In November 2006, the Moldovan press reported that the offices of the Rîbniţa district comitee of the Communist Party in Transnistria were closed by the local Transnistrian authorities.[8]. The Communist Party of Moldova condemned the act and claims it was closed under false pretenses.[9]


December 2006 presidential elections

For 10 December 2006 are scheduled presidential elections in Transnistria. 3 candidates were registered to run: current president Igor Smirnov, the Tighina MP Piotr Tomaily and Communist Party candidate Nadejda Bondarenko. A forth candidate who wanted to register for December 2006 presidential elections, Andrey Safonov, was denied registration as allegedly some of signatures for his suport were forged. Safonov declared that he is a victim of political revenge, as in his view, he is the only real opposition candidate, and announced he will apply to court to dispute the decision of Electoral Comision[10]. Igor Nikolayevich Smirnov (b. ... Tighina or Bender (Russian: Бендеры) is a city in Transnistria, a breakaway region of Moldova. ...


Participation of Transnistrians at Moldovan elections

Despite the fact that the majority of transnistrians hold Moldovan citizenship{fact}, Transnistria does not allow the organisation of Moldovan elections in Transnistrian territory. Likewise, Moldova also does not allow the organization of Transnistrian elections in Moldovan-controlled territory. Polling stations were organised only in those areas of Transnistria under Moldovan government control.


Political parties from Moldova have organisations in Transnistria[11] but refuse to participate at elections for secessionist government, they participate only in the elections of the Republic of Moldova.


In 2005 Moldovan parliamentary elections nine special polling stations were organised near Dniester for "guest voters" coming from Transnistria who wished to vote in the Moldovan elections. Around 8000 citizens voted there, who were included in suplimentarry voter rolls. In those special polling stations results were: 30% for Communist Party (compared with 46% in entire Moldova), 50% for Democratic Moldova Bloc (28,5% in entire Moldova), 8% for Christian-Democratic Party (9,1% in entire Moldova) and 6% for each Social Democratic Party and Patria-Rodina Bloc. Due to large turnout of transnistrian voters queues were formed and some voters didn't managed to vote. As claimed by the Coalition for Free and Democratic Elections, many transnistrian voters were not informed properly about the place of the voting and some owners of Soviet passport which don't bear the mention "citizen of Moldova" were not allowed to vote[12].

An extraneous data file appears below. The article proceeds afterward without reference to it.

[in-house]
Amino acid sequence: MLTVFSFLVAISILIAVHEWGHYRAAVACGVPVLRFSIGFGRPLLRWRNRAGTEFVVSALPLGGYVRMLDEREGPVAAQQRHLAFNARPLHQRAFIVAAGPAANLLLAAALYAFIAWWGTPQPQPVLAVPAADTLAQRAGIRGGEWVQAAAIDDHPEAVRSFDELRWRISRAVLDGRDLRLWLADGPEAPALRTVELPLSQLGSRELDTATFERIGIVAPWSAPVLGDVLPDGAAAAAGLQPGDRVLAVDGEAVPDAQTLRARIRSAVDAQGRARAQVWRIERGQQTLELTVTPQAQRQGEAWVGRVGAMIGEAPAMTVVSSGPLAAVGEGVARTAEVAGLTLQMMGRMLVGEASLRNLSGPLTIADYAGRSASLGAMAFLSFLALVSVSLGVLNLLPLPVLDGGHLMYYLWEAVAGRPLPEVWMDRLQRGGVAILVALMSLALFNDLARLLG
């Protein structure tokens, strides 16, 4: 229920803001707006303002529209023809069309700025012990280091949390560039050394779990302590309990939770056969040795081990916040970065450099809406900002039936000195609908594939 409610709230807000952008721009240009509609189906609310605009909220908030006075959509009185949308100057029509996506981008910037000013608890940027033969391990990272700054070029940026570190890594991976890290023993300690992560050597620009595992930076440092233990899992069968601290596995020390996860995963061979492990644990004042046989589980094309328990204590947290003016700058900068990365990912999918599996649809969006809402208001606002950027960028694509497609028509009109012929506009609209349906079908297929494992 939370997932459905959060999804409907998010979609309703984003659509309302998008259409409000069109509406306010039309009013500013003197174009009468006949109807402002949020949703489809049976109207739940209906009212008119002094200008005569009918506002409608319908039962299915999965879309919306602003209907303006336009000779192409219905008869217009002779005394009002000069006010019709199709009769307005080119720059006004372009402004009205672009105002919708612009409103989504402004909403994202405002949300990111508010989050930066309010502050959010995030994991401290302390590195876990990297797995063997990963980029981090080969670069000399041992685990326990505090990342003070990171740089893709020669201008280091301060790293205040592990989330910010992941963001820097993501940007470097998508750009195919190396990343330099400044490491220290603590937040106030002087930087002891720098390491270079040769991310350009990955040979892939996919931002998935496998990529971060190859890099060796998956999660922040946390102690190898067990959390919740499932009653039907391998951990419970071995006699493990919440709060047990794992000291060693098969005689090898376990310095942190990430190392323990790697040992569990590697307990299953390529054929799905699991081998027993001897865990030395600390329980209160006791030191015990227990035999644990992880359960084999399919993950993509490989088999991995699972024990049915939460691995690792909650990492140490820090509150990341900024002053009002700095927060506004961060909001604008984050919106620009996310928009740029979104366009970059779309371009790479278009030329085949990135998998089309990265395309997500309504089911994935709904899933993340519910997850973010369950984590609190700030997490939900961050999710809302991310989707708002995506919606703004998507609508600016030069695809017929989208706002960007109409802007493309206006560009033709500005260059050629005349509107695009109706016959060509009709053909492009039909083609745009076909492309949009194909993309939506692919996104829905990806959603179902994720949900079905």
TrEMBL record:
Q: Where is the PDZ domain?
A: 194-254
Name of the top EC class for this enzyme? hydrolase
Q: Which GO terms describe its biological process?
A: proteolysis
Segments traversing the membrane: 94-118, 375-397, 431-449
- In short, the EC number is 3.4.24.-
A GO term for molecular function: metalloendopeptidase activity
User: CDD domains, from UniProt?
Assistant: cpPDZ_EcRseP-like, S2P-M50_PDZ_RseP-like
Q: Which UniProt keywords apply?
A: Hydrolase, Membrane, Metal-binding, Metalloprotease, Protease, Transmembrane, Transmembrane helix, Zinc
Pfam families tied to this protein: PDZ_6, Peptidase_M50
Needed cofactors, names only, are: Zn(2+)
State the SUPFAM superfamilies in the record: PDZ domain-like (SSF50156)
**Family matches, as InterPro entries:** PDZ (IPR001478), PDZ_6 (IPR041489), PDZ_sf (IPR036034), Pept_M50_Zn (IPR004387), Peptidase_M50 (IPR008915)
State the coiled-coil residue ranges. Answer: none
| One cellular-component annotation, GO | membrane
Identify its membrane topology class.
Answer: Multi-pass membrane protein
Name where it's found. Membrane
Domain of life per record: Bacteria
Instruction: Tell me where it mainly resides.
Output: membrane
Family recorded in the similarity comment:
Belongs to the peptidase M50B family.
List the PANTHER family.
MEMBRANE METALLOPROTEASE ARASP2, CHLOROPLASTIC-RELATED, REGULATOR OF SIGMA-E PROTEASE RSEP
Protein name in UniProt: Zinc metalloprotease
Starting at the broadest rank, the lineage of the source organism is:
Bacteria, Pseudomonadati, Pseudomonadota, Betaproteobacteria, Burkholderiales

References

  1. ^ Census results of 2004 and comparation with census of 1989, by Olvia Press
  2. ^ Results of 2004 census in the Republic of Moldova(Romanian)
  3. ^ PMR CEC announces final referendum results (Russian)
  4. ^ Mihai Grecu, Anatol Ţăranu - The policy of linguistic cleansning in Transnistria, page 26-27
  5. ^ Mihai Grecu, Anatol Ţăranu - The policy of linguistic cleansning in Transnistria, page 27
  6. ^ Mihai Grecu, Anatol Ţăranu - The policy of linguistic cleansing in Transnistria, page 27
  7. ^ Transnistria Special Forces release members of organization Dignitas
  8. ^ PCRM indignant at Tiraspol’s decision to hinder Transdniestrian Communist Party’s work
  9. ^ Transnistria.md report of Communist office closure
  10. ^ Tiraspol not willing to register oposition representative in electoral race
  11. ^ Position of transnistrian structures of "Our Moldova" Alliance
  12. ^ e-democracy report about 2005 Moldovan election

See also

Elections in Moldova gives information on election and election results in Moldova. ...

External links


  Results from FactBites:
 
Politics of Moldova - Encyclopedia, History, Geography and Biography (1721 words)
Politics of Moldova takes place in a framework of a parliamentary representative democratic republic, whereby the Prime Minister is the head of government, and of a pluriform multi-party system.
The population of the Moldovan region of Transnistria is 30% Romanian, 30% Ukrainian, and 30% Russian.
Politically the government is committed to present a budget that will deal with social safety net items such as health, education, and increasing pensions and salaries.
Moldova (12776 words)
Prison conditions in Transnistria remained harsh, and three ethnic Moldovans, members of the Iliascu group, remained in prison despite charges by international groups that their trials were biased and unfair.
Travel between Transnistria and the rest of the country was not prevented, and the Government maintained that Transnistria is an integral part of a single state, although with a status yet to be determined.
The percentage of women in government and politics does not correspond to their percentage of the population; however, there are no restrictions in law or practice on the participation of women in political life.
  More results at FactBites »